This question came right after I posted pix of the Edogawa Fireworks Display. 江戸 Edo refers to the original name of the city. While Tōkyō is the modern name, the name Edo persists in certain place names or nomenclature, for example, a 2nd or 3rd generation Tōkyōite is called an 江戸っ子 Edokko child of Edo[viii]. Anyways, 江戸川 means, of course, Edo River. What exactly is the Edo River? Well, the answer depends on what period of history you’re talking about. The river has been manipulated many times since the Edo Period.  Wikipedia has a decent technical definition.

I should probably write a longer article on this subject because it is a little complicated – and honestly I don’t know much about it at all at the moment. But the basic meaning is Edo River. And that should do for now. If you look a few blog posts before this, you’ll see my video footage of the Edogawa Fireworks.

What Does Nagareyama Mean?

sorry

That’s not Tōkyō so… sorry, not gonna cover it, as tempting as it is.
But I will say that the kanji are poetic and I like this town’s name.

What Does Shinagawa-shuku Mean?

品川宿題

Shinagawa Shuku

This is the old name of Shinjuku as a post town on the old Tōkaidō highway connecting Edo to Kyōto. The name isn’t used today except when referring to art or the old status of the town. Well, actually, I shouldn’t say that… because the area is in the midst of an urban renewal effort that I’m proud to say I contributed a minute effort back in 2009 to my friend Taka’s guest house. The area has been trying to boost local tourism in the area and uses the name Shinagawa-shuku. They even set up a Shinagawa-shuku information center with maps and pictures and English speaking docents. This was in ’09, but I’m sure they’re still doing it. They even set up scannable QR codes on light posts so you can learn about the history of the area as you walk around. Good question!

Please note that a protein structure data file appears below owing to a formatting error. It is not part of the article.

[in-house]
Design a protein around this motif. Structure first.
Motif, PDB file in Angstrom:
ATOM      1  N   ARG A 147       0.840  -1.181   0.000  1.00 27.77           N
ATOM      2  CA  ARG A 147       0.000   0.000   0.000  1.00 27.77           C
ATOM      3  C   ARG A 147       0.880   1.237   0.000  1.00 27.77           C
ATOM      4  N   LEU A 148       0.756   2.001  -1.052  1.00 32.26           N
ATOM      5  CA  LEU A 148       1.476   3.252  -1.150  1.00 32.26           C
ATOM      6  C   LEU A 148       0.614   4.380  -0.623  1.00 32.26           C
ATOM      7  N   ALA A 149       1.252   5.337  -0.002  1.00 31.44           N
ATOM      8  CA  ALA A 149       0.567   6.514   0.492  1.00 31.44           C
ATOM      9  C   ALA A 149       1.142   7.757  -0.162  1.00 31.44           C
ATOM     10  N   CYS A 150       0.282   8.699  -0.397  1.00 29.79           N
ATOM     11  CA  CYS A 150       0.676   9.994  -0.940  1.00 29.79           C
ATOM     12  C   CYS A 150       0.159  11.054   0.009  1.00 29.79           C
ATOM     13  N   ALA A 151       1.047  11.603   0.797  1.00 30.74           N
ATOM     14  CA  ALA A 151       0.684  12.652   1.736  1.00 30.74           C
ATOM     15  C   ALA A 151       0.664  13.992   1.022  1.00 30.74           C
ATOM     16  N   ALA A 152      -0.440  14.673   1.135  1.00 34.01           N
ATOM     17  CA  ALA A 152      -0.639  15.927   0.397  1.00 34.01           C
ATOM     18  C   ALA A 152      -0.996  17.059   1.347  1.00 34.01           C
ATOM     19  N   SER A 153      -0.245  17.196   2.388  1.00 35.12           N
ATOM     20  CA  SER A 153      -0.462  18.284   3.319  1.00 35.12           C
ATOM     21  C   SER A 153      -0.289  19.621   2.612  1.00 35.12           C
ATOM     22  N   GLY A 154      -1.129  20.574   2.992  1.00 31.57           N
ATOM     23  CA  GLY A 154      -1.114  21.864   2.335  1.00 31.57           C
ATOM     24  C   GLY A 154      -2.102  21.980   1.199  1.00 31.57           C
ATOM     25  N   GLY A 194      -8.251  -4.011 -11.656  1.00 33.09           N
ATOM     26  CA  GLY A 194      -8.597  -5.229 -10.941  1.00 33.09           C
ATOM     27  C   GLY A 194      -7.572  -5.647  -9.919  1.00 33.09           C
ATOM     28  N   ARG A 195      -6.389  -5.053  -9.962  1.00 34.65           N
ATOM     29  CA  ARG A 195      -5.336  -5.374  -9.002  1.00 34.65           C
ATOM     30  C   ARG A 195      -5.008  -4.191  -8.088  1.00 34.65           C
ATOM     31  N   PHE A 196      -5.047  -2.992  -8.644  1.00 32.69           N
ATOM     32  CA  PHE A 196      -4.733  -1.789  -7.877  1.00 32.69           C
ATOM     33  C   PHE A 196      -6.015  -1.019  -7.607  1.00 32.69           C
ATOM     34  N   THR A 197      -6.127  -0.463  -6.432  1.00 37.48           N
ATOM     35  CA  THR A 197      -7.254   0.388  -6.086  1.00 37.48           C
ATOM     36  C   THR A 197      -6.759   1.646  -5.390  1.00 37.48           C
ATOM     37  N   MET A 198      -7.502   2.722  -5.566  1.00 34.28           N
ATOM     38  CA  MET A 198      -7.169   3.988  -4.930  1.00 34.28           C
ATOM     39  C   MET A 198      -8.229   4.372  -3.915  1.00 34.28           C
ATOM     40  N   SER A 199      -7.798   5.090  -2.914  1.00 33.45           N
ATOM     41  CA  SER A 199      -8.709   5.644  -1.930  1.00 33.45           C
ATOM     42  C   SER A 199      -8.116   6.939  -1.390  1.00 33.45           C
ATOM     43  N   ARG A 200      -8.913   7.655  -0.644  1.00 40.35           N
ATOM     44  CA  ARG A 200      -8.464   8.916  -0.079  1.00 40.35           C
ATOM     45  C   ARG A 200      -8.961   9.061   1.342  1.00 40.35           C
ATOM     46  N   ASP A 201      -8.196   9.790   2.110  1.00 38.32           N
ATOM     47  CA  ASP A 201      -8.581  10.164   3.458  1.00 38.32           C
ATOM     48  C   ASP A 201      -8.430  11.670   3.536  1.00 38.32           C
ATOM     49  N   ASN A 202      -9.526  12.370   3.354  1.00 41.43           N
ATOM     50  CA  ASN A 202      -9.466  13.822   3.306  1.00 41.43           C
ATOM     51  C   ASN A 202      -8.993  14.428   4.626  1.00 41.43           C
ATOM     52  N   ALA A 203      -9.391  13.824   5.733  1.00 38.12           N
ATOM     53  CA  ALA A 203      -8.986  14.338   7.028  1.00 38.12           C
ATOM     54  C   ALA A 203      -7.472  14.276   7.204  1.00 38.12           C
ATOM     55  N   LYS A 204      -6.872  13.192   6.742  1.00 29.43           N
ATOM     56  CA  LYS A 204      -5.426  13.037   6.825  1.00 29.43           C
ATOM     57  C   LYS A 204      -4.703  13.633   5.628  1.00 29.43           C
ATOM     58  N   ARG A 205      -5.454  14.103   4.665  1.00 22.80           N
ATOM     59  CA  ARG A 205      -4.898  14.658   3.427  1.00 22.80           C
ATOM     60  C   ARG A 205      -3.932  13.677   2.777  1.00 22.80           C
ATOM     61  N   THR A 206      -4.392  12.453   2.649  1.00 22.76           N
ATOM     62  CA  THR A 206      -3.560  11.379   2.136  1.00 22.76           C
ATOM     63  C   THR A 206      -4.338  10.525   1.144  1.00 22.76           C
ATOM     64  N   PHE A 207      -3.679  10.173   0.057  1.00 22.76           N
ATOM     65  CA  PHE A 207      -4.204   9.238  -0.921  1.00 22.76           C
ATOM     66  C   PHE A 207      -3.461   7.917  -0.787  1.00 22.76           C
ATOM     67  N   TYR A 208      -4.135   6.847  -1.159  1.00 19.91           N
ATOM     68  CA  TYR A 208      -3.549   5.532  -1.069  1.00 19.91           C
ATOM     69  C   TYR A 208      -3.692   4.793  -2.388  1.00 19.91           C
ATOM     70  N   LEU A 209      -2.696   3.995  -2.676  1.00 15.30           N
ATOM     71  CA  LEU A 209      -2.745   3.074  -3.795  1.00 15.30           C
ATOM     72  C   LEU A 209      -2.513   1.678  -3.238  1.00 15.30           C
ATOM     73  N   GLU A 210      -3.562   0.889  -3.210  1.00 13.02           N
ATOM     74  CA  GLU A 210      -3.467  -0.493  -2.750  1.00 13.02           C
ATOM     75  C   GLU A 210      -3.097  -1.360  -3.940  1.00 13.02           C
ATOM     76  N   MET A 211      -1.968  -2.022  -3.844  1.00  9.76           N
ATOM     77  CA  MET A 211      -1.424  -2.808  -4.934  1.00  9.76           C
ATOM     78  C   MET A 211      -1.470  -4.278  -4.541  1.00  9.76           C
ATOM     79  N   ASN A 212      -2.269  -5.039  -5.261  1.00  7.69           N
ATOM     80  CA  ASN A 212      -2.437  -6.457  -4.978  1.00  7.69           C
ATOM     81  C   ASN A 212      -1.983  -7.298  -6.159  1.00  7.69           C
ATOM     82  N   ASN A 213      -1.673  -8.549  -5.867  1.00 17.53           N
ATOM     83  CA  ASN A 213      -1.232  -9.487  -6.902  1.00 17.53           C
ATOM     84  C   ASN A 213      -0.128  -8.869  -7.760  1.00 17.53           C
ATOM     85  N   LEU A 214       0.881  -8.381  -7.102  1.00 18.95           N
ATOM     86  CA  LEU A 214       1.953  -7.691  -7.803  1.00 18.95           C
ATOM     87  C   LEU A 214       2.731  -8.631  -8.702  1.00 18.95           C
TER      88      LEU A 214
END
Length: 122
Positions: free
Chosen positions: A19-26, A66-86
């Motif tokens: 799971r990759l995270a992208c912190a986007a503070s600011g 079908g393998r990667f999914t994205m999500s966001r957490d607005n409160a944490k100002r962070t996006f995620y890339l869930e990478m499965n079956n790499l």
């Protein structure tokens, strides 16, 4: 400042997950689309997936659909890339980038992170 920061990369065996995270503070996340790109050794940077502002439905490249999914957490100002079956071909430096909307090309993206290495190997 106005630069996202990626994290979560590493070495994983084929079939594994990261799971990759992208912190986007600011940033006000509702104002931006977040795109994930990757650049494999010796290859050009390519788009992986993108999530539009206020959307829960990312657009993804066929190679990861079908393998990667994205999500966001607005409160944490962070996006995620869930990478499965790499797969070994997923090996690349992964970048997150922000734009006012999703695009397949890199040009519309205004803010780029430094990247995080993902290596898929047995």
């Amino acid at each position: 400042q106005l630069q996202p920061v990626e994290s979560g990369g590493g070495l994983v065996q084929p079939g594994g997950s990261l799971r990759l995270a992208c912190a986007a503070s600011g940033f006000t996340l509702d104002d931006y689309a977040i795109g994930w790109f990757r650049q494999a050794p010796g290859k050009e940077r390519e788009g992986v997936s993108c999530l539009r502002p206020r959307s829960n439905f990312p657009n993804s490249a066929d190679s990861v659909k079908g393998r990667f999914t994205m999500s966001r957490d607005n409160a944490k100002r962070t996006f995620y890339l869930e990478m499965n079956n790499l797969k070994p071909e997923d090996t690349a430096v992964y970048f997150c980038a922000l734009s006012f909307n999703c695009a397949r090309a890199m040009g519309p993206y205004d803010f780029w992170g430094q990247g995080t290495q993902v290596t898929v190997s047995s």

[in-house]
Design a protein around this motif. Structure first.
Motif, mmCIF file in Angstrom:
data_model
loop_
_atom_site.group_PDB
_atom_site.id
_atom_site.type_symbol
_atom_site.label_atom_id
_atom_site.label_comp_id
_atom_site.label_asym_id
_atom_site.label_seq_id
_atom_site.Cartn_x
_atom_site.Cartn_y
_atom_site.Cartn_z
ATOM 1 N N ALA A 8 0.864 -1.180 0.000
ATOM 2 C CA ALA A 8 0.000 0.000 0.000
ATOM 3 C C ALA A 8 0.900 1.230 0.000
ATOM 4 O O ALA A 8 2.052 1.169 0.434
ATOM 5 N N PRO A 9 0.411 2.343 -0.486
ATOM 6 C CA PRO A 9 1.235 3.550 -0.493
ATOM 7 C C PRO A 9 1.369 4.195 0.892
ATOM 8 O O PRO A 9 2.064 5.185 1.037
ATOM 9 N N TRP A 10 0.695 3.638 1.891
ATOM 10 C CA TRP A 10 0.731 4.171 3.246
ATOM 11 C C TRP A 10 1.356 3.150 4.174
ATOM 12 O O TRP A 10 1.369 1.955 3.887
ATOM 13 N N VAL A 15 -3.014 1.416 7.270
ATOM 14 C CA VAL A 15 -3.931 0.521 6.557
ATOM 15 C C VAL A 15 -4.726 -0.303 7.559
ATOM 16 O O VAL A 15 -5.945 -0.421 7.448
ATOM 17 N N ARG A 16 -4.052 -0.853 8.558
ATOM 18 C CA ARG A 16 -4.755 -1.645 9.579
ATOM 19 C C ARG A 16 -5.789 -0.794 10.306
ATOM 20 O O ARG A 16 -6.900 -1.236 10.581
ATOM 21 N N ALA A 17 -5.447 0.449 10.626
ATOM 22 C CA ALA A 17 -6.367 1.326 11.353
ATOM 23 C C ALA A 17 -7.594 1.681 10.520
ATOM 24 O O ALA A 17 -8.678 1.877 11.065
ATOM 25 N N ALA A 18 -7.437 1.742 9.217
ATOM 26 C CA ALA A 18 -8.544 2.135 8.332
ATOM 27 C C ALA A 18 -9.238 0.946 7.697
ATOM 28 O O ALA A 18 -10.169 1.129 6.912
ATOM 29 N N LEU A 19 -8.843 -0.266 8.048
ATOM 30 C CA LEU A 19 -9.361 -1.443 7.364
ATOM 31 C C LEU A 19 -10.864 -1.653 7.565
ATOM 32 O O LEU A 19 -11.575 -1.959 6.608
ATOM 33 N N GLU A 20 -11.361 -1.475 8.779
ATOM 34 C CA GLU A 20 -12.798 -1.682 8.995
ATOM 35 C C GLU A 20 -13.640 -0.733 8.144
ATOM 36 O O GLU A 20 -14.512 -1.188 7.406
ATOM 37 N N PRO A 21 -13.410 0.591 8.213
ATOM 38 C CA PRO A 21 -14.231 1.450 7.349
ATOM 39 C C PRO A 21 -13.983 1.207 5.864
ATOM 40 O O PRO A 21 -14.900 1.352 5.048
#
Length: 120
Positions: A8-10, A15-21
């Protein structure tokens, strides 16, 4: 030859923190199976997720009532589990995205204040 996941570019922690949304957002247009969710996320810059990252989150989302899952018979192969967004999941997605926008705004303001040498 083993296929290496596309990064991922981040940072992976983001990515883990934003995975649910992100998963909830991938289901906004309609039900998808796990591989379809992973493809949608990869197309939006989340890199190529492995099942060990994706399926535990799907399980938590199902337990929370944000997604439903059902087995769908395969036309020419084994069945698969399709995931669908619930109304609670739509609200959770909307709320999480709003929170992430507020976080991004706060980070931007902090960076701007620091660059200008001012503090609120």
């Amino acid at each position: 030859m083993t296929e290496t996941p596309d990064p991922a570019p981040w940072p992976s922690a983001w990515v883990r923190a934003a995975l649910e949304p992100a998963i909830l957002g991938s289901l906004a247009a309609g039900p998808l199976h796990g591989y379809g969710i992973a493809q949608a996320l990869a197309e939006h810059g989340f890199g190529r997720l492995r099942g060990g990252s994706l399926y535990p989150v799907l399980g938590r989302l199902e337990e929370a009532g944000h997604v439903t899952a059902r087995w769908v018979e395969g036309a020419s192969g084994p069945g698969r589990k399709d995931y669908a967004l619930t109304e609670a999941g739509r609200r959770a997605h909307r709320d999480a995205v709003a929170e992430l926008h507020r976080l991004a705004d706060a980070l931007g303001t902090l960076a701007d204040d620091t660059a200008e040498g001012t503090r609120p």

Oh, and here’s my old article on Shinagawa from waaaaaaaaaay back in the day.

Why Does Minato Mean?

North side of Tokyo Bay taken from Odaiba facing the Tokyo Bayfront.

North side of Tokyo Bay taken from Odaiba facing the Tokyo Bayfront.

This is probably the easiest, 港 minato means “habor.” You will see the same kanji in 空港 kūkō airport (literally “sky harbor”). Although Minato Ward’s eastern edge ends at Tōkyō Bay, Edo’s bay was a very different shape; today’s bay has been built up with landfill.

I’ll probably write about this in more detail later. But with even a quick glance at a modern map of Tōkyō Bay and a little guesswork, most people can probably figure out a rough approximation of the original shape of the bay.

If There’s a Ueno in Tōkyō, is There a Shitano?

Random perverted kanji image.

Random perverted kanji image.

This question refers to the kanji 上野 Ueno (upper field) and 下野 Shitano (lower field). I don’t know if there is a Shitano in Tōkyō, but in 西東京 West Tōkyō, outside of the 23 Special Wards, there is a place called 下野 Shimotuske (lower field – an unrelated place name) which could be read as Shitano (but isn’t)[ix]. Interestingly enough, near this place is a large park that is an annex of the 江戸東京博物館 Edo-Tōkyō Hakubutsukan Edo-Tōkyō Museum. The annex is called the 江戸東京たてもの園 Edo-Tōkyō Tatemono-en Edo-Tōkyō Open Air Architectural Museum. I haven’t been here yet, but it sounds pretty freaking cool. They moved a bunch of old buildings here to preserve them from the wake of urban sprawl in Tōkyō and so you can enjoy a walk in the park and walk through these historic buildings as well. Great question!